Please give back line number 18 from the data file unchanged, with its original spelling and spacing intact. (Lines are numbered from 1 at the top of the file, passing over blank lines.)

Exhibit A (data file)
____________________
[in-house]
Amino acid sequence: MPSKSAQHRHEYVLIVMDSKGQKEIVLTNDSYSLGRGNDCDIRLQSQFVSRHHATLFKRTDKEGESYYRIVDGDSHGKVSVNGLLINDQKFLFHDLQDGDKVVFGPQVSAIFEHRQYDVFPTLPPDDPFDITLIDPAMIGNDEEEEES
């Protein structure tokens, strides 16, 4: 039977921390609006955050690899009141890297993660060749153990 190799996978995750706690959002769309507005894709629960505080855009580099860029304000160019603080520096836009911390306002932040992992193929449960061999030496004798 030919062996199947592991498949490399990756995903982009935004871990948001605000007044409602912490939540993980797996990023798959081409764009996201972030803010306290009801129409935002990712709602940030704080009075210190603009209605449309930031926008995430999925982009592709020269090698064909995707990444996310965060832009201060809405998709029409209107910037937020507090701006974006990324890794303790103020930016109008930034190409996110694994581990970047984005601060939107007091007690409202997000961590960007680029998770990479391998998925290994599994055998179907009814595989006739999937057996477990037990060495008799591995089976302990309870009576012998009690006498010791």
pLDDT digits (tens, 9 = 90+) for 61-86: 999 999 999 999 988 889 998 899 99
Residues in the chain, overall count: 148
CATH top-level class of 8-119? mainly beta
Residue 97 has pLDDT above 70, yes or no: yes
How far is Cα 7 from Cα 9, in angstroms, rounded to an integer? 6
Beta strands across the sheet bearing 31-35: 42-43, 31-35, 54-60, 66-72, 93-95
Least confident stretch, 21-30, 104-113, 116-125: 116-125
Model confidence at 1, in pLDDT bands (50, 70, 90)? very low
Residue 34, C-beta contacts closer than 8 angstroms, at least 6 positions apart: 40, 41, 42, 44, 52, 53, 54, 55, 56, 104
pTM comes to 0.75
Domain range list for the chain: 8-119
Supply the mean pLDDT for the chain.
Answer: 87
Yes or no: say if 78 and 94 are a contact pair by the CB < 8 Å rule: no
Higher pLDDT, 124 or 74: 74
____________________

Higher pLDDT, 124 or 74: 74